Setting Career Expectations for Each Member of Giants' 2013 Draft Class
Jerry Reese and the New York Giants put together another solid draft in 2013, which has us wondering what the career expectations are for each member of the Giants' 2013 draft class.
While the G-Men didn't address needs at linebacker and cornerback, they did bolster the offensive and defensive lines heading into this season.
It's nearly impossible to project how the careers will play out for these seven young rookies, but I took a stab at it anyway.
What follows are my career projections for all seven of the New York Giants' 2013 draft picks.
Round 1 (No. 19): Justin Pugh, OT
Desperately needing help along the offensive line, the G-Men selected offensive lineman Justin Pugh with the No. 19 overall pick. According to NFL.com's Mike Mayock, Pugh can play both of the tackle and guard positions at an NFL level.
I thought the Giants reached for Pugh a little bit—I had him mocked in the middle-to-late second round—but that doesn't mean he won't be productive in a Giants uniform.
Because of his shorter arms, Pugh is probably better served as a guard for the Giants, but the former All-Big Wast first-teamer at Syracuse looks to have a solid career ahead of him. He was a reliable and experienced player at Syracuse and showed great mobility and foot quickness.
One of the biggest needs for Big Blue entering the 2013 offseason was the offensive line, and they addressed it in the draft, all starting with Pugh.
Learning from a veteran offensive line like New York has, don't be surprised to see Pugh make the Pro Bowl a few seasons down the road.
Round 2 (No. 49): Johnathan Hankins, DT
After ranking 25th in the NFL against the rush last season, New York went out and got itself a run-stopper in 6'3", 320-pound Johnathan Hankins out of Ohio State.
The defensive tackle started all 12 games for OSU in 2012 and was honored with a First-Team All-Big Ten appearance for his 55 tackles and one sack.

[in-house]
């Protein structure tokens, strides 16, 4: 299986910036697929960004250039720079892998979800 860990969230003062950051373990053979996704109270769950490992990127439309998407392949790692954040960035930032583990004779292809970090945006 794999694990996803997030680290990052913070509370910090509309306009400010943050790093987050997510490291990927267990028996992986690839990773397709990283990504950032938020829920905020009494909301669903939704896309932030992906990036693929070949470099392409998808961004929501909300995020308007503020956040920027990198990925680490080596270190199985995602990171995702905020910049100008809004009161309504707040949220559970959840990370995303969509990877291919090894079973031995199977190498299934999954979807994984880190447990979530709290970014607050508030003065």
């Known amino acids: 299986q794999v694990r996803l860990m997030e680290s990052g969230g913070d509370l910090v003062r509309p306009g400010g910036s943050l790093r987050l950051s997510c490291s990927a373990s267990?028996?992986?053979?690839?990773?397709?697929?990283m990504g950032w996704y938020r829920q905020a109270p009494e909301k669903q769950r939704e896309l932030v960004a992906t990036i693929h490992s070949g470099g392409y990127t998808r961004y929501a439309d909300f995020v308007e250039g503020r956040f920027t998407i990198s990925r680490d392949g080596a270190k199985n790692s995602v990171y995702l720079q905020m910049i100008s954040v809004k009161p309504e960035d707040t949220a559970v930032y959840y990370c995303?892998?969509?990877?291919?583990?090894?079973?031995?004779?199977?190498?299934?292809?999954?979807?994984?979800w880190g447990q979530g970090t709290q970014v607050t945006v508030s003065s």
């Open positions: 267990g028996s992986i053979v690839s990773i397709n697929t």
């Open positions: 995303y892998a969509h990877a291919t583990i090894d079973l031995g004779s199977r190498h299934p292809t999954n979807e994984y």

Hankins isn't the type of DT who's going to wreak havoc in the backfield and pile up the sacks, but what he is going to do is use his strong hands and upper body to be a force against the run—an aspect of the Giants' defense it desperately needs help in.
Check out what Yahoo! Sports' Doug Farrar had to say about the big man.
Johnathan Hankins tape. The word that comes to mind, over and over, is "force." Massive leverage player who's quicker than he looks.— SC_DougFarrar (@SC_DougFarrar) April 9, 2013
Given his extensive workload with the Buckeyes, Hankins does slow down some as the game progresses on film, but he won't be called upon to be an every-down player with the Giants early on in his career like he was at Ohio St.
Is there Pro Bowl potential here with Hankins? Absolutely.
I think Giants fans should fully expect this guy to make it to at least one Pro Bowl in his career.
Round 3 (No. 81): Damontre Moore, DE
I absolutely love this pick for the Giants. I had Damontre Moore as a first-round pick on my board, but character issues—including an arrest—are likely what had Moore slip in the 2013 draft.
The talent of this young defensive end shouldn't be doubted though. Playing defensive end for the first season in 2012, Moore racked up 85 tackles (21 for loss) and 12.5 sacks at Texas A&M.
Jerry Reese certainly knows the value of Moore along the Giants' defensive line, as he told the New York Daily News' Ralph Vacchiano.
Giants GM Jerry Reese on third-round pick, DE Damontre Moore: "He is sacks." #NYG— Ralph Vacchiano (@RVacchianoNYDN) April 27, 2013
Under a coach like Tom Coughlin, I think Moore will keep his nose clean. If that does happen, this kid definitely has Pro Bowl potential, especially when paired with Justin Tuck and Jason Pierre-Paul in Perry Fewell's defensive system.
Call me crazy, but I think Moore is the first rookie of this 2013 Giants class to earn a trip to Hawaii.
Round 4 (No. 110): Ryan Nassib, QB
As a Giants fan, how can you not like this pick?
I don't want to jinx anything, but Eli Manning is 32 and will have his best days behind him fairly soon. This wasn't a deep quarterback class, but to get a talent like Ryan Nassib in the fourth round is a steal for New York.